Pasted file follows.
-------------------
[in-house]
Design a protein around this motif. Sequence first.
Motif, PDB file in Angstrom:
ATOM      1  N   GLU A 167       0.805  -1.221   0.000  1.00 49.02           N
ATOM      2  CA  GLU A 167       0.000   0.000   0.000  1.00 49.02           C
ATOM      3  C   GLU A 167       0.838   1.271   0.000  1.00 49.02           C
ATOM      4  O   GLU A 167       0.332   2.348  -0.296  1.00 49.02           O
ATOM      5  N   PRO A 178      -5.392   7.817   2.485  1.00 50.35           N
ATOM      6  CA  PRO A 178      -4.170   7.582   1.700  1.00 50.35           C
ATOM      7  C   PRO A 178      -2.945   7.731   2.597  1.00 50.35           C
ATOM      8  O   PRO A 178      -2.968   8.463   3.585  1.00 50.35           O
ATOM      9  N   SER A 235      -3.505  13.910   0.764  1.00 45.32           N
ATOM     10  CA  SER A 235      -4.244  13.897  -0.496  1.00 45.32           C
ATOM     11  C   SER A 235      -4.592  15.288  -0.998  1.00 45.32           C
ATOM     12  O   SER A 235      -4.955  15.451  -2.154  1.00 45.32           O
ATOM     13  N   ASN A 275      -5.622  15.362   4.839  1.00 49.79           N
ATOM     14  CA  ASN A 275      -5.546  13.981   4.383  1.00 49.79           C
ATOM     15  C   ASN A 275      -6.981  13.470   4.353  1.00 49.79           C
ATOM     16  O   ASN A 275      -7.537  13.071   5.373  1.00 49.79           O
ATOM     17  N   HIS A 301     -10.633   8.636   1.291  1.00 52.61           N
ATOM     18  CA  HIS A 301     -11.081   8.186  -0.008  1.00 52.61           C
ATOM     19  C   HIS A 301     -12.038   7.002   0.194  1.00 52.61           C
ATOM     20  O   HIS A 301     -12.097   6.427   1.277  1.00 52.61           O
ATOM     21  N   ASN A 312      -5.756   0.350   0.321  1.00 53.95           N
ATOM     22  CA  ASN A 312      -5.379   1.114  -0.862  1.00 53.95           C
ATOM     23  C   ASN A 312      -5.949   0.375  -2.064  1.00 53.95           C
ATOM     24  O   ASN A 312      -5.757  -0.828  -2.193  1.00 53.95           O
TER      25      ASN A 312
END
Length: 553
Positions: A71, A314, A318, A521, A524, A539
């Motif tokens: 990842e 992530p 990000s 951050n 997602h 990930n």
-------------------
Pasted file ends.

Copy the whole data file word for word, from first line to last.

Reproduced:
[in-house]
Design a protein around this motif. Sequence first.
Motif, PDB file in Angstrom:
ATOM      1  N   GLU A 167       0.805  -1.221   0.000  1.00 49.02           N
ATOM      2  CA  GLU A 167       0.000   0.000   0.000  1.00 49.02           C
ATOM      3  C   GLU A 167       0.838   1.271   0.000  1.00 49.02           C
ATOM      4  O   GLU A 167       0.332   2.348  -0.296  1.00 49.02           O
ATOM      5  N   PRO A 178      -5.392   7.817   2.485  1.00 50.35           N
ATOM      6  CA  PRO A 178      -4.170   7.582   1.700  1.00 50.35           C
ATOM      7  C   PRO A 178      -2.945   7.731   2.597  1.00 50.35           C
ATOM      8  O   PRO A 178      -2.968   8.463   3.585  1.00 50.35           O
ATOM      9  N   SER A 235      -3.505  13.910   0.764  1.00 45.32           N
ATOM     10  CA  SER A 235      -4.244  13.897  -0.496  1.00 45.32           C
ATOM     11  C   SER A 235      -4.592  15.288  -0.998  1.00 45.32           C
ATOM     12  O   SER A 235      -4.955  15.451  -2.154  1.00 45.32           O
ATOM     13  N   ASN A 275      -5.622  15.362   4.839  1.00 49.79           N
ATOM     14  CA  ASN A 275      -5.546  13.981   4.383  1.00 49.79           C
ATOM     15  C   ASN A 275      -6.981  13.470   4.353  1.00 49.79           C
ATOM     16  O   ASN A 275      -7.537  13.071   5.373  1.00 49.79           O
ATOM     17  N   HIS A 301     -10.633   8.636   1.291  1.00 52.61           N
ATOM     18  CA  HIS A 301     -11.081   8.186  -0.008  1.00 52.61           C
ATOM     19  C   HIS A 301     -12.038   7.002   0.194  1.00 52.61           C
ATOM     20  O   HIS A 301     -12.097   6.427   1.277  1.00 52.61           O
ATOM     21  N   ASN A 312      -5.756   0.350   0.321  1.00 53.95           N
ATOM     22  CA  ASN A 312      -5.379   1.114  -0.862  1.00 53.95           C
ATOM     23  C   ASN A 312      -5.949   0.375  -2.064  1.00 53.95           C
ATOM     24  O   ASN A 312      -5.757  -0.828  -2.193  1.00 53.95           O
TER      25      ASN A 312
END
Length: 553
Positions: A71, A314, A318, A521, A524, A539
């Motif tokens: 990842e 992530p 990000s 951050n 997602h 990930n």